Home > Manga Reviews, Reviews > From the New World, Vol. 7

From the New World, Vol. 7

Welcome to my slightly belated midweek manga review of From the New World, Vol. 7! Living in the North East these past few weeks have meant being buried under snow, between the shoveling, raking and classes I’ve fallen a little behind my intended Monday/Wednesday posting schedule, but at least I’m still getting two out a week. At any rate, before we get the main event, enjoy these few news items…

And now onto this weeks review of From the New World, Vol. 7!

Cover for From the New World, Vol. 7From the New World, Vol. 7
Story by Yusuke Kishi, Art by Toru Oikawa
Vertical Comics, 212 pp
Rating: Teen (16 +)

From the New World, Vol. 7 is the final volume of Toru Oikawa’s adaption oh Yusuke Kishi’s award winning novel. Like many of the current Kodansha and Vertical Comics titles, this was originally serialized in Bessatsu Shonen Magazine, alongside the fan favorite Attack on Titan and the critical darling Flowers of Evil. Set in a post apocalyptic world populated by psychic humans and mutant animals, From the New World, Vol. 7 brings an end to the trials and tribulations of Saki and Satoru as they engage in their final showdown with the Squealer, the Morph Rat leading the revolt against the human population.

Starting off with the the final volume of a series is always an odd experience. It’s hard to say how well it wraps up the story, or how satisfying it is or isn’t. What I can say is that the themes present in From the New World, Vol. 7 hint at subjects such as classism and the dehumanization of the other to a point where the other is.. well, literally dehumanized. It seems like a rather fascinating and cautionary tale to say the least. The characters, on the other hand, just didn’t stand out at all here. Most of the volume is focused on a final showdown which seems to have been long in the coming, and while it’s certainly interesting to watch play out none of the characters during the showdown or afterwards really grabbed me or had me wanting to find out more about them. Instead it was the world in general that most interested me. The idea of genetically altering large swaths of the population so that you could use them and kill them and replace them however you want is just fascinating. Also, despite not being Japanese and not privy to the ins and outs of Japanese society, this theme resonated with me and I couldn’t help but see a reflection of many situations plaguing us in here in the U.S. These range from the demonizing of lower classes to the dehumanization of our enemies on the battlefield. Not to mention how those in the story going so far as to advocate disposing of potentially dangerous children and replacing them with more obedient genetic duplicates, something I couldn’t help but feel echoed issues of over medicating children for one reason or another.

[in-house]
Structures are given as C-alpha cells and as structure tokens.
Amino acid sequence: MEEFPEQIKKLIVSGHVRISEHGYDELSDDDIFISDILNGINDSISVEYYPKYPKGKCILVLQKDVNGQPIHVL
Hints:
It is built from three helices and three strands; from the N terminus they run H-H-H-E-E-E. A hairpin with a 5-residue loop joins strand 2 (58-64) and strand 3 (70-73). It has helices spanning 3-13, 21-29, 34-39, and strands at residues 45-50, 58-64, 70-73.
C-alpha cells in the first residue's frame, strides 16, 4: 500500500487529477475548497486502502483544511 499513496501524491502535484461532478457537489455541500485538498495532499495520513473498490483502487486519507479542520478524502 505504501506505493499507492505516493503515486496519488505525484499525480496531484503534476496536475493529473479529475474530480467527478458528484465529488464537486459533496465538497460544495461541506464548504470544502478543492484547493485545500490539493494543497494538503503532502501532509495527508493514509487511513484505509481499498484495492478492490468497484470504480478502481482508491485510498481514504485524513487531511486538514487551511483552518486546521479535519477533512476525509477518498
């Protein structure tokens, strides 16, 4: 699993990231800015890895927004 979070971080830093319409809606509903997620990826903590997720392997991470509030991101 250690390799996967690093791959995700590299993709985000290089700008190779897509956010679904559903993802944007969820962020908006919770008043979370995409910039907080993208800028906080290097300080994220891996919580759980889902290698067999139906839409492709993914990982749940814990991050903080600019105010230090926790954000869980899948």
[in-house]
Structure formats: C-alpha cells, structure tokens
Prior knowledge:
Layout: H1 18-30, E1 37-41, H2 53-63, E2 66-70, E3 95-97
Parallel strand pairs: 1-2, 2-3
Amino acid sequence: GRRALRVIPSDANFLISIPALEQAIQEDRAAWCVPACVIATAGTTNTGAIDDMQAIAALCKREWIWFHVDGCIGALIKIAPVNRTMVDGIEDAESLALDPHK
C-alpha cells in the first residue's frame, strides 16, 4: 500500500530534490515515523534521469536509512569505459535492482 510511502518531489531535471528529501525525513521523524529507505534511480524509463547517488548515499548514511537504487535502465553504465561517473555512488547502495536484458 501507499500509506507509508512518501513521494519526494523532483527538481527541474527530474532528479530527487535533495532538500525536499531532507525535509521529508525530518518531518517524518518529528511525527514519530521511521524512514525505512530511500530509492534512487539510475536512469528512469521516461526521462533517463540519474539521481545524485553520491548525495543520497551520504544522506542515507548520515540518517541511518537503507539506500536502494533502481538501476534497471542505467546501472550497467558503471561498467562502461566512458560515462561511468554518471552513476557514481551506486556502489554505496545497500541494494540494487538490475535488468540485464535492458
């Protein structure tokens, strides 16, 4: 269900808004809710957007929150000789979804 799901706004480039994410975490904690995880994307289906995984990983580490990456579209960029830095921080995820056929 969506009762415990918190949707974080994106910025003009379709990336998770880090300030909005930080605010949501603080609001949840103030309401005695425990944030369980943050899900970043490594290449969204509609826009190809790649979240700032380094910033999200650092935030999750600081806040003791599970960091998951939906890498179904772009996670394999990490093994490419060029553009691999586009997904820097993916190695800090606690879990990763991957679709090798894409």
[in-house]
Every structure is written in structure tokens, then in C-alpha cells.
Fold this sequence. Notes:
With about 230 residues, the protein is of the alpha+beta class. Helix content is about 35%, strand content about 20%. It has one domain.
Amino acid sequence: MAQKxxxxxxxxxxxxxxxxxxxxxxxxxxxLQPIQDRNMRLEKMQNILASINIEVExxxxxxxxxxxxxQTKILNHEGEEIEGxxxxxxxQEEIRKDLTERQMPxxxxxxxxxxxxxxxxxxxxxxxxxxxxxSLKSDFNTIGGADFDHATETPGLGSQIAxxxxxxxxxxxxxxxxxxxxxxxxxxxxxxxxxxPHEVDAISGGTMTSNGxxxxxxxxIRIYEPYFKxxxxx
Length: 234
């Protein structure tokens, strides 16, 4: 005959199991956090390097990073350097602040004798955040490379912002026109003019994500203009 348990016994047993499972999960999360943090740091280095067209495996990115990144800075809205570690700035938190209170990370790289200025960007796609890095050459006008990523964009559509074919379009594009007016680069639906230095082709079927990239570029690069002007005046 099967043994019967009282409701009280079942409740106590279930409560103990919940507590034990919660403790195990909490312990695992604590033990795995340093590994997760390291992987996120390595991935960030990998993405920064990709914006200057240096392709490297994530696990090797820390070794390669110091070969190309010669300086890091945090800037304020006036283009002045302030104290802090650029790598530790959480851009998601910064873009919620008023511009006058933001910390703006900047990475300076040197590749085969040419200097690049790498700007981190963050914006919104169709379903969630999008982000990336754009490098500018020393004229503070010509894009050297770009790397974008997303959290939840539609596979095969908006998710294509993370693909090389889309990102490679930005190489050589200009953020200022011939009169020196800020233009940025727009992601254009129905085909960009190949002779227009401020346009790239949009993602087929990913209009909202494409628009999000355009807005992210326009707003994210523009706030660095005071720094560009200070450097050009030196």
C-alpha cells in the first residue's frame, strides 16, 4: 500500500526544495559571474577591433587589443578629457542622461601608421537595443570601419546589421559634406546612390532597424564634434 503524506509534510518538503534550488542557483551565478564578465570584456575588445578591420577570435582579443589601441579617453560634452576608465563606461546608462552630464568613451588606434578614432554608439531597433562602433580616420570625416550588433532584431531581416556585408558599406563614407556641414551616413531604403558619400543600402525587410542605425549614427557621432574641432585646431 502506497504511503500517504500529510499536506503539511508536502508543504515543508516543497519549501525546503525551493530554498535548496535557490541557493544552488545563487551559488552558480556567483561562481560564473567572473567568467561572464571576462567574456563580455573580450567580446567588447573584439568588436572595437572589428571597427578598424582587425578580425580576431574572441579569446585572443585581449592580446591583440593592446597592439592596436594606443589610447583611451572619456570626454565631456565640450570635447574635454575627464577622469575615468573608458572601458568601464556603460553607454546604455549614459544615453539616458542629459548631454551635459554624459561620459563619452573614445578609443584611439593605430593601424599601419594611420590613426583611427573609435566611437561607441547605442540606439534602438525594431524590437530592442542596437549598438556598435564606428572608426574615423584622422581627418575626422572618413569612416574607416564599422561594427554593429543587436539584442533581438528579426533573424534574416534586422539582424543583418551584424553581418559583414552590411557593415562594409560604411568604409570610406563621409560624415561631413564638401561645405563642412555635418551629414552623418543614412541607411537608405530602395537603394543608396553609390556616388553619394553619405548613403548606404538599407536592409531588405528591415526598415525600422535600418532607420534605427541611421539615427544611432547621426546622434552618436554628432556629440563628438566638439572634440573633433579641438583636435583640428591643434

Page from "From the New World, Vol. 7"

My favorite page from “From the New World, Vol. 7”

Toru Oikawa’s artwork was serviceable but unspectacular. It’s perfectly serviceable and there wasn’t any situation where panel to panel transitions or actions were unclear. While there were some impressive splash pages here and there, including a very striking one of The Fiend in a caver, overall Toru Oikawa’s art failed to really wow me. Splash page aside, the big climatic showdown lacked the visual oomph to really pull me in or make it exciting. Admittedly, some of that was surely due to coming into the tale with the final chapter, but I felt the visuals could have done a better job at imparting the tension and danger Satoru and Saki were facing. The character designs seem to be an interesting mashup of contemporary clothing, fantasy gear and futuristic accoutrements. The animal people are a nice touch and they make a certain amount of sense given some of the themes and revelations in this volume, but they often looked a tad too goofy and cartoony for my tastes, something I felt undercut the threat they were meant to be. This is particularly true when it came to the primary antagonists, the Morph Rats. They’re a weird cross between rats and pigs, and they’re certainly not pretty, but I just couldn’t shake the feeling that they were made out of felt and that just off panel was a Japanese guy with his hand up their butts making them move and talk.

Coming in at the last volume of a series is always a little awkward, but if it’s a good series and a good conclusion it will leave you wanting to find out more. More about how they got there, what the conflict was, more about the characters involved and just more in general. When it comes to From the New World, Vol. 7 I was left curious, but not really compelled or driven to discover more.

From the New World, Vol. 7 is available now from Vertical Comics. Review copy provided by the publisher.

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  1. February 6, 2015 at 3:18 pm
  2. February 13, 2015 at 4:57 pm

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